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Why study plants?
Plants, like most animals, are
multicellular eukaryotes
Bacteria
Archaea Animals
Plants
Fungi
Common ancestors
Photo credi...
Plants are diverse
Green algae
Liverworts
Mosses
Vascular Plants
Club mosses
Ferns
Seed Plants
Flowering
Plants
Cone-
bear...
Plants make us happy
Dravigne, A, et al., (2008) HortScience 43: 183-187 ; Photo credit: tom donald
People at work
who can...
Plants are amazing
living organisms
Largest flower (~ 1m)
Longest living (~ 5000 years)
Largest organism (> 100m)
Photo cr...
We could not live without plants
•Plants produce most of the
oxygen we breathe.
•Plants produce most of the
chemically sto...
We can’t live without oxygen!
X
X
NO oxygen
Joseph Priestley
recognized that an
animal’s breathing
“injured” air. An anima...
We can’t live without oxygen!
Oxygen
produced
Priestley also recognized
that plants have the ability to
“restore” the air....
Plants fix carbon dioxide into
energy- rich molecules we animals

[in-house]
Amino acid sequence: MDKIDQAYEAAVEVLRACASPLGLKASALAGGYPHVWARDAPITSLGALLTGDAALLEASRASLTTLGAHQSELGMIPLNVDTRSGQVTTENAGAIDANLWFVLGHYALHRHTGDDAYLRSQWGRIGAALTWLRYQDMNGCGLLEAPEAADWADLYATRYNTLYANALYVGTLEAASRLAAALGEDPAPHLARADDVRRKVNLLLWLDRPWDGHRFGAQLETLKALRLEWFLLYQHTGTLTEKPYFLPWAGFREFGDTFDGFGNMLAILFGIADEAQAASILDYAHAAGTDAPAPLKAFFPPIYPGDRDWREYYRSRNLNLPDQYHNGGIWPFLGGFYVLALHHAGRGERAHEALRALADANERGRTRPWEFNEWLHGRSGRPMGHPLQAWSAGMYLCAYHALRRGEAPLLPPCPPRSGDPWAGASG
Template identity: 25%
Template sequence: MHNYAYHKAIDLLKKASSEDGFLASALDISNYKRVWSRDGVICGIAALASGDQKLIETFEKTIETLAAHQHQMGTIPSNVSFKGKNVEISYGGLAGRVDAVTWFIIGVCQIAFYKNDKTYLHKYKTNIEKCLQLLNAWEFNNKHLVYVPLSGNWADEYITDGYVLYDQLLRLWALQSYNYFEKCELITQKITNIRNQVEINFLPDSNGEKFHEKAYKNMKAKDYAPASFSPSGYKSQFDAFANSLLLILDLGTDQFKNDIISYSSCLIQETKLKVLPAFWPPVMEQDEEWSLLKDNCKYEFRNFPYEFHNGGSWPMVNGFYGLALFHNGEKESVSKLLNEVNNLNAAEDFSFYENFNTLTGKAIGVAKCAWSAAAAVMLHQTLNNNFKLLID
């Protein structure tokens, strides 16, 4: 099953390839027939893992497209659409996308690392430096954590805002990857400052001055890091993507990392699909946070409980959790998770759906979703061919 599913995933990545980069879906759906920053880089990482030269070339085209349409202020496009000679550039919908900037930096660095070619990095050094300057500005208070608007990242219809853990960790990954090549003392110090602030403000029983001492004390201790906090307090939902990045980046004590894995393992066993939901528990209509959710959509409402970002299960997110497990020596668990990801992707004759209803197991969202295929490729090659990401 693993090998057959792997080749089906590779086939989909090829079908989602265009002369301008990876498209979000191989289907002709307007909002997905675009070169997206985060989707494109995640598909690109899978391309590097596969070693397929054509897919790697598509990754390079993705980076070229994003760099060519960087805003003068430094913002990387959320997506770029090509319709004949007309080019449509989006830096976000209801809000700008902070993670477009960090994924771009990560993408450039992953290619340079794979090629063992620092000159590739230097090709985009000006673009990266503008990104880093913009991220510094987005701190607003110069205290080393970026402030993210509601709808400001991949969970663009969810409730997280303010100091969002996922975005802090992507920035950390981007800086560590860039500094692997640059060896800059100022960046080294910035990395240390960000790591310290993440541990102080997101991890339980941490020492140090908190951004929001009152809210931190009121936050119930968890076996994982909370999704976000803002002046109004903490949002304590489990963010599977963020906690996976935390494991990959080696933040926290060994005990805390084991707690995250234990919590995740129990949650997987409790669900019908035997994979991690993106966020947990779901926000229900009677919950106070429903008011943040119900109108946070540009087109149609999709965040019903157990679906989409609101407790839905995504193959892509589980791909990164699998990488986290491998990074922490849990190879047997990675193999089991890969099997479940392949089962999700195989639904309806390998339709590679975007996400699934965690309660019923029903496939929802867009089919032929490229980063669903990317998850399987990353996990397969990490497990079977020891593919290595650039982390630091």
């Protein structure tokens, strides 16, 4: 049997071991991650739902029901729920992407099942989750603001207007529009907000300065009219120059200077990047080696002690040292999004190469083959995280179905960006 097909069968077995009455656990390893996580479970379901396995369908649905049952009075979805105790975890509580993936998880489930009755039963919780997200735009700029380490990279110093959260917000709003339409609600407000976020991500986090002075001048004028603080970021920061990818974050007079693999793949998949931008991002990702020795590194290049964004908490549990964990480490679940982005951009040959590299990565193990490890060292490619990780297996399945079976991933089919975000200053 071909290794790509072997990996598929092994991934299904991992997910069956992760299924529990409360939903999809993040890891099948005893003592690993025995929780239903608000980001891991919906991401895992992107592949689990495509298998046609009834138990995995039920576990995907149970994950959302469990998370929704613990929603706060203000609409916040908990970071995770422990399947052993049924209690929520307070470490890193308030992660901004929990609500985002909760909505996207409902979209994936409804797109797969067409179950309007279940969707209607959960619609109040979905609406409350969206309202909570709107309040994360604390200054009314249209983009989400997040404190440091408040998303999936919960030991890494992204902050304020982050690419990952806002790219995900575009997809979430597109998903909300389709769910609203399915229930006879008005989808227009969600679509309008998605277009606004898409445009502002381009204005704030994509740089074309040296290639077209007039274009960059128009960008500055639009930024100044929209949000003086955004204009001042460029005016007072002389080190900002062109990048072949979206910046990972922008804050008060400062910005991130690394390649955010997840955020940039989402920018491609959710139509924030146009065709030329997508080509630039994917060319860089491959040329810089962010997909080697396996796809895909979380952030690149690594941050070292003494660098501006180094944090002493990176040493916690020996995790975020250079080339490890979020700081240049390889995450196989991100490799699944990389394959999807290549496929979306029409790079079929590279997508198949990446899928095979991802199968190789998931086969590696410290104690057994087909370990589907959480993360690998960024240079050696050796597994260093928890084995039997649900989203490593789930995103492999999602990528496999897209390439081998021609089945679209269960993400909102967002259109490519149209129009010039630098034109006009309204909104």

can use as food
CO2
Plants convert CO2
gas into sugars
th...
Plants can produce an amazing
assortment of chemicals
vitamin A
vitamin Cvanillin
caffeine
morphine
CO2
Why study plants?
To help conserve
endangered plants and
threatened environments
To learn more about the
natural world
To ...
Studying about plants informs us
about our world
Drawing of cork by Robert Hooke, discover of
“cells”
Cells were first obs...
Viruses were first purified from
plants
Tobacco Mosaic Virus
Viruses infect humans as well
as plants, causing many
disease...
Mendel’s studies of peas revealed
the laws of inheritance
Mendel’s studies of peas revealed
the laws of inheritance
...which help us understand
human diseases such as sickle
cell a...
Mendel’s studies of peas revealed
the laws of inheritance
...and hemophilia, as well
as countless other human
diseases tha...
Mendel’s studies of peas revealed
the laws of inheritance
Mendel’s work laid the foundation
for the sciences of plant gene...
WHY STUDY PLANTS?
The world population grows and
grows ...
The world
population is
expected to triple
between 1950 (2.5
billion) and 2020
(7...
The world population grows and
grows ...
A major objective of
plant science is to
increase food
production; current
estima...
Malnutrition and hunger
disproportionately kill children
In 2004, 60 million people worldwide died.
(Source:  World Health...
10,000,000 of them were
children under 5 years of age,
of which 99% lived in low- or
middle-income countries
(Source: The ...
5 million children under the age of 5 die
each year due to undernutrition and
related causes.